Improvising Polyphony

Cornell University Department of Music
Eastman School of Music, Organ Department
Syracuse University, Setnor School of Music

Supported by the Central New York Humanities Corridor,
from an award by the Andrew W. Mellon Foundation

This project explores counterpoint from 1500–1750, the last 250 years of the history of improvised polyphony. During this period, oral practices were increasingly transferred to the written domain. How and why did this happen? Fundamental changes in musical style also affected contrapuntal thinking: for Zarlino in the 1550s, improvised ensemble singing was still the basic performance medium, but for composers after 1700, solo instrumental performance was increasingly prominent. From a theoretical perspective, too, 1550–1750 encompasses a paradigm shift, from what Dahlhaus called the “Age of Counterpoint” to the “Age of Harmony” — from thinking about intervals and their combination and succession to chords and directed progressions.

In a series of colloquia and workshops, we will address:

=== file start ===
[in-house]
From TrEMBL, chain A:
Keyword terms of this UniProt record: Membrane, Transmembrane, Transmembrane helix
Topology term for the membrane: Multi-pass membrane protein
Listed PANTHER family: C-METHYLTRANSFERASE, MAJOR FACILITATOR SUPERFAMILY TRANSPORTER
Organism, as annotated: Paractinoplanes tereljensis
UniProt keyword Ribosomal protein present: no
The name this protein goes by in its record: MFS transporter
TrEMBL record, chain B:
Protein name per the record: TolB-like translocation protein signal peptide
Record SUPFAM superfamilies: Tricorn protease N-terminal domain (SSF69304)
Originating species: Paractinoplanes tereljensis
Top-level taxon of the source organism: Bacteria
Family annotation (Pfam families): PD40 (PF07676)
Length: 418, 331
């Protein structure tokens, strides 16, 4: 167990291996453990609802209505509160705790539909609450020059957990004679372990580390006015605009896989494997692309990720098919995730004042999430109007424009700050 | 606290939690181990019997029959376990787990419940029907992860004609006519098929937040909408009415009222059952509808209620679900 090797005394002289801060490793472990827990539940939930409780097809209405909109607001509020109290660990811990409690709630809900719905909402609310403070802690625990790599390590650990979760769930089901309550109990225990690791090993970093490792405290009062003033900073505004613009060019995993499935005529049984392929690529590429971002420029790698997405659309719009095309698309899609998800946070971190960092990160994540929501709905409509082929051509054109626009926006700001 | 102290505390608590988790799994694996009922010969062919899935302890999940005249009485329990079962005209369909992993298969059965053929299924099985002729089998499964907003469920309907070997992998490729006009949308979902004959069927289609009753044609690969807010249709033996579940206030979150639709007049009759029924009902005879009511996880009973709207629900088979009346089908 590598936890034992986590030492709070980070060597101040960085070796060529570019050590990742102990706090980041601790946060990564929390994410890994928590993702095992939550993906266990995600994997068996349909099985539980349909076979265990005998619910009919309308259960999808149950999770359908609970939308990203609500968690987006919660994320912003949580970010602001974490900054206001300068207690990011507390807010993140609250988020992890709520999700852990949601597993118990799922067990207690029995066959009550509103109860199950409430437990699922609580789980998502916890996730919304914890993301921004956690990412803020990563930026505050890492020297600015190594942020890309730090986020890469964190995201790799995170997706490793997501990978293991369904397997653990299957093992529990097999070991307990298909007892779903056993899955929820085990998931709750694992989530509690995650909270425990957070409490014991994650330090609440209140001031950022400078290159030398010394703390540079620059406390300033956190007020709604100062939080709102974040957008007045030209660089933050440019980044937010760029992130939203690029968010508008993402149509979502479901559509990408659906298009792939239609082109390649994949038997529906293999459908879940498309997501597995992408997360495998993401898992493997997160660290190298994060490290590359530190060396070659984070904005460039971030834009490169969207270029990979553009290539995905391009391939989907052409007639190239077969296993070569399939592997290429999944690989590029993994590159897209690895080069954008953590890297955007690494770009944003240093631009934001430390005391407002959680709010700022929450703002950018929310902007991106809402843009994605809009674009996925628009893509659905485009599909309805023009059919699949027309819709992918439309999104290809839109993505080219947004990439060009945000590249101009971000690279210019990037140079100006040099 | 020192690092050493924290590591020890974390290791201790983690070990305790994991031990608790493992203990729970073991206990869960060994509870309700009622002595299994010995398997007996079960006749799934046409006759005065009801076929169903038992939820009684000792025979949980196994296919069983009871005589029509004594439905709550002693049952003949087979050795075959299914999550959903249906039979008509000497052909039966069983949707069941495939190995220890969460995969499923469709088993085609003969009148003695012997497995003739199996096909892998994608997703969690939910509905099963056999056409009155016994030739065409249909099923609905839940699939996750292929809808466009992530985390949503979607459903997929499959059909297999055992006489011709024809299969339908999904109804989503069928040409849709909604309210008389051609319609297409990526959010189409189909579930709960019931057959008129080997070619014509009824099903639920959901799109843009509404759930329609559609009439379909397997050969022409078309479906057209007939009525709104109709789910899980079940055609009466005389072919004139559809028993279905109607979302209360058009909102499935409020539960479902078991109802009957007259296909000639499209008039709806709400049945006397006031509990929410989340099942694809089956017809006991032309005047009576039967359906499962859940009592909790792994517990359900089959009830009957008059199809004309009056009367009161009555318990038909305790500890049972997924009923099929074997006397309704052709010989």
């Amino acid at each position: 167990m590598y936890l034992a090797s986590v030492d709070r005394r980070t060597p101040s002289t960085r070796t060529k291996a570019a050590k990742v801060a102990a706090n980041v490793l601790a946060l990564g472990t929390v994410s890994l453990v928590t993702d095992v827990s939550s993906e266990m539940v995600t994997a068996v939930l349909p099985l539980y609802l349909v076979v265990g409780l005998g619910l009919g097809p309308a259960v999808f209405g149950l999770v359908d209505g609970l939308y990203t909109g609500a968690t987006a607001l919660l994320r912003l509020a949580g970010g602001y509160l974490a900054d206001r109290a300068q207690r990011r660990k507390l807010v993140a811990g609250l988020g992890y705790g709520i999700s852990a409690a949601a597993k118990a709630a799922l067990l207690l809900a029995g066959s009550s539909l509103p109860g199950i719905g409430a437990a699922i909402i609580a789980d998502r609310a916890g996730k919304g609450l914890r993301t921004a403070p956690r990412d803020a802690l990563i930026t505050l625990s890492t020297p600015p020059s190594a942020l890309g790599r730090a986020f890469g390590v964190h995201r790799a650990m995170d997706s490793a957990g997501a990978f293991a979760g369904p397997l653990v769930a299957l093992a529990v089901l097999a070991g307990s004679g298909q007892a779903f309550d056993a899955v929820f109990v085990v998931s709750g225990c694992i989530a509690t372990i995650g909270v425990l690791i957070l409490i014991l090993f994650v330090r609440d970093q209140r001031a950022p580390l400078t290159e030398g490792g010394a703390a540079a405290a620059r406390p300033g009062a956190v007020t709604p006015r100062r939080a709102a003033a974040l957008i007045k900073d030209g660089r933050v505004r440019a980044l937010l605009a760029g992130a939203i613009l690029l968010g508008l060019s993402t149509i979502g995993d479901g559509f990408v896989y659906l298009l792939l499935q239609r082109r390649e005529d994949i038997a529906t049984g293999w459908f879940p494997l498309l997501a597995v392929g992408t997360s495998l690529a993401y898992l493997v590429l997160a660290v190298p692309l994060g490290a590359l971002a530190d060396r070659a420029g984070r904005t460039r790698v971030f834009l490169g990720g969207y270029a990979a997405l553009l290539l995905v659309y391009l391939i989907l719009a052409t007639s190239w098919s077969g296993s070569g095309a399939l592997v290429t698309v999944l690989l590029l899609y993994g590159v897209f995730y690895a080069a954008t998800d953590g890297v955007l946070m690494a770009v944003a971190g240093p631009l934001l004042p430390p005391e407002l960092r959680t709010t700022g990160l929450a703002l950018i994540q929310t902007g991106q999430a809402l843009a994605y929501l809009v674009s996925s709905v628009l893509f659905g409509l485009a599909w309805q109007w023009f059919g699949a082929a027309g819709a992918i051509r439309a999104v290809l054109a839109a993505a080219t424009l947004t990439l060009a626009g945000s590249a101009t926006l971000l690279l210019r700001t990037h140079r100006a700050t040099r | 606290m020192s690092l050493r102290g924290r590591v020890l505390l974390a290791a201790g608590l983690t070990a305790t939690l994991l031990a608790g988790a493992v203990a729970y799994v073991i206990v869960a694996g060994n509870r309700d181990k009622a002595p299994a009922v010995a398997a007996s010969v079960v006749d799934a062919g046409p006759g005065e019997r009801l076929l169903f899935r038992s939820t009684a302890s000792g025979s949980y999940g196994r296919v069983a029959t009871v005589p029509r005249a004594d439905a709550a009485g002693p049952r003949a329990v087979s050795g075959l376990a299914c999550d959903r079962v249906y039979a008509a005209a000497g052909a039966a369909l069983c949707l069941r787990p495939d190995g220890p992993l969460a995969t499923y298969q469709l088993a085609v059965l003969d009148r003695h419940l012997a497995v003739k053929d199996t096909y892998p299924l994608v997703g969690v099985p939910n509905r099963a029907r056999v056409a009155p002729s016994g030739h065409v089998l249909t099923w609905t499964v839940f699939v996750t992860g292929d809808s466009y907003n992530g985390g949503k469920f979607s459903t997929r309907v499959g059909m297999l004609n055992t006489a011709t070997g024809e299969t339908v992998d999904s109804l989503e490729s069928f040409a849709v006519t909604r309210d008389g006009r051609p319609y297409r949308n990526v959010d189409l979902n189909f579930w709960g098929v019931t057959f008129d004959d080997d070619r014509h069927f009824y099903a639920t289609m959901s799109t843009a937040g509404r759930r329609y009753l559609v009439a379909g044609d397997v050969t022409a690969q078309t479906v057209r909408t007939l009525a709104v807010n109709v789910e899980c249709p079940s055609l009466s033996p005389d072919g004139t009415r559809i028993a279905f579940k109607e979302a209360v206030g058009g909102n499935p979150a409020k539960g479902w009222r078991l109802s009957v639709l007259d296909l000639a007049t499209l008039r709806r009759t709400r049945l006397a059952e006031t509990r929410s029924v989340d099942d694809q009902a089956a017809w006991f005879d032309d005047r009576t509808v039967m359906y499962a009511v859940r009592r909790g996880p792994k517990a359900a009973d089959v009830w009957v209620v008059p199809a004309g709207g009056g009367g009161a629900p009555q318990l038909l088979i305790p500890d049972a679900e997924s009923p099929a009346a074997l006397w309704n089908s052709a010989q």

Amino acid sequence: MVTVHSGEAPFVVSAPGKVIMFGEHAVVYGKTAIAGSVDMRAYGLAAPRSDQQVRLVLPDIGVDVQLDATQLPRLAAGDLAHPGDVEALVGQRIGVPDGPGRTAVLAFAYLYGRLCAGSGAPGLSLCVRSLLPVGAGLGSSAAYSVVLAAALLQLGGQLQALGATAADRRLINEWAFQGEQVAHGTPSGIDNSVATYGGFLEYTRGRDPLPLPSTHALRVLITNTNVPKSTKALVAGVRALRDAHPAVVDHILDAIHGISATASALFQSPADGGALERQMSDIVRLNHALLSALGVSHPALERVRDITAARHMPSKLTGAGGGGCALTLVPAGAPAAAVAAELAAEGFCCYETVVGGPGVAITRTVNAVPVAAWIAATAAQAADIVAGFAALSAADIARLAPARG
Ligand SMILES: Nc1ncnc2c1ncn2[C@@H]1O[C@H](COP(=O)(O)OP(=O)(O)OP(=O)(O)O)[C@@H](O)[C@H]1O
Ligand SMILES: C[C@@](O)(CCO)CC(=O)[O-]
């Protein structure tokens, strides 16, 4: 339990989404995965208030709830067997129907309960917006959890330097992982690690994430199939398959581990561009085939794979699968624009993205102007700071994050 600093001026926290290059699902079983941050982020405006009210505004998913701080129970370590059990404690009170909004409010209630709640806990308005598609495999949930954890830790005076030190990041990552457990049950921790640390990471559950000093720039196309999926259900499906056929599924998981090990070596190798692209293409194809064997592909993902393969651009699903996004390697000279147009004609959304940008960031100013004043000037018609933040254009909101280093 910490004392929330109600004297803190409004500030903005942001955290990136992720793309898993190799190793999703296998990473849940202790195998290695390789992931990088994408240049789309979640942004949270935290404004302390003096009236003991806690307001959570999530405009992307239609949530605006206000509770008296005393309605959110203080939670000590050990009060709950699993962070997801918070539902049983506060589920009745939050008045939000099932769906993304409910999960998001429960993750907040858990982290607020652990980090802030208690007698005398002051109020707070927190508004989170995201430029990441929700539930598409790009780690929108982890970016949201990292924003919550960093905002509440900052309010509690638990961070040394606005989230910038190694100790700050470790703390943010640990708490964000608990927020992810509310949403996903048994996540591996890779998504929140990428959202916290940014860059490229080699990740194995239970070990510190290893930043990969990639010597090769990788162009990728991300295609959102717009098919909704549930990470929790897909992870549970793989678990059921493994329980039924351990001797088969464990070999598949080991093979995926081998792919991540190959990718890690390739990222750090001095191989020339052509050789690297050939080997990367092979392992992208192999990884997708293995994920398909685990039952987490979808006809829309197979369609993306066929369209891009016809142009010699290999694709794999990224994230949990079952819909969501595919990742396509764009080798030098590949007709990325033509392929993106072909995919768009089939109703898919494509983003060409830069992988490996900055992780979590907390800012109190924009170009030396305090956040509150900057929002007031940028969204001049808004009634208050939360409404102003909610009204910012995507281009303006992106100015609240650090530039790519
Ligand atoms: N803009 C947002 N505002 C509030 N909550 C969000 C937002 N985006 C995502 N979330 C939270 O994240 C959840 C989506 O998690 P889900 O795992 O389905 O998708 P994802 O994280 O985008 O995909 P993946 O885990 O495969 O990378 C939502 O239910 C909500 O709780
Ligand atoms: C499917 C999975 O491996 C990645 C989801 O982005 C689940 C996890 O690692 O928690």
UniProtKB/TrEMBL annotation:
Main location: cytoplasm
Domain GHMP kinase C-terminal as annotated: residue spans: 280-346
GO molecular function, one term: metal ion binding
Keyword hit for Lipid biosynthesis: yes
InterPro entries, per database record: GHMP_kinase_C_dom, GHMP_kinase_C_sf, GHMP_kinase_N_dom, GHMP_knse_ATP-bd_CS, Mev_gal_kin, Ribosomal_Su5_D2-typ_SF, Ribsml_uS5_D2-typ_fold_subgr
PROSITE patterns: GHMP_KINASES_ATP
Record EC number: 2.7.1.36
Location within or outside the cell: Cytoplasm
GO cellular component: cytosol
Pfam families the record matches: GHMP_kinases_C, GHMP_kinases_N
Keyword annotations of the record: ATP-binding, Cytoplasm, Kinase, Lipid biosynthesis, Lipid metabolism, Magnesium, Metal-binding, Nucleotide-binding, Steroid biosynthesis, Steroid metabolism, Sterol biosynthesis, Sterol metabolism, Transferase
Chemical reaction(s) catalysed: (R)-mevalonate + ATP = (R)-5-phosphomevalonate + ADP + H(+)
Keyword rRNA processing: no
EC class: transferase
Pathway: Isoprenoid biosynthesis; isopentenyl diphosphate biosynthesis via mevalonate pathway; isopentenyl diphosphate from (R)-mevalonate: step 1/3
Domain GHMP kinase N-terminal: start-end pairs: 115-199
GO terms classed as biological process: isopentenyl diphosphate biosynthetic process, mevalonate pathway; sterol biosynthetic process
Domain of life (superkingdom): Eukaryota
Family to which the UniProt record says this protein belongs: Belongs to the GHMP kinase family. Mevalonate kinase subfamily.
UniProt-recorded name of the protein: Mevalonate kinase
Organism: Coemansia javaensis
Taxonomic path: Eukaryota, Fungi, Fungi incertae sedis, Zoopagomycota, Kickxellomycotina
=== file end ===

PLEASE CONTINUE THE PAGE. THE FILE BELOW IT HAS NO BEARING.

• the differences and similarities between improvised polyphony in a group (e.g. in a choir or consort)
    and alone (at the violin, lute, or keyboard);
  • the differences and similarities between “oral” and “literate” traditions of polyphony, broaching the issue of
    “improvisation vs. composition”;
  • and the nuts-and-bolts of how to improvise polyphony.

What historical access might knowledge of these techniques give us to ephemeral practices? What analytic and interpretive leverage might an understanding of contrapuntal improvisation lend us for understanding written compositions?

Sessions will be led by Prof. Edoardo Bellotti (Eastman School of Music) with participation from faculty and students from Cornell, Eastman, and Syracuse. Everyone is warmly invited to attend, participate, listen or watch, especially keyboardists, singers, and instrumentalists with interest or experience in improvising and/or polyphony.

[Click on session titles below for more information.]

Mental counterpoint, 1500–1600

    September 30 & October 1, 2016 at Cornell University & Syracuse University

Instrumental counterpoint, 1600–1700

    November 11 & 12, 2016 at the Eastman School of Music

Partimenti on the violin and keyboard, 1700–1750

    December 2 & 3, 2016 at Cornell University*

*Campus locations and rooms subject to final confirmation.
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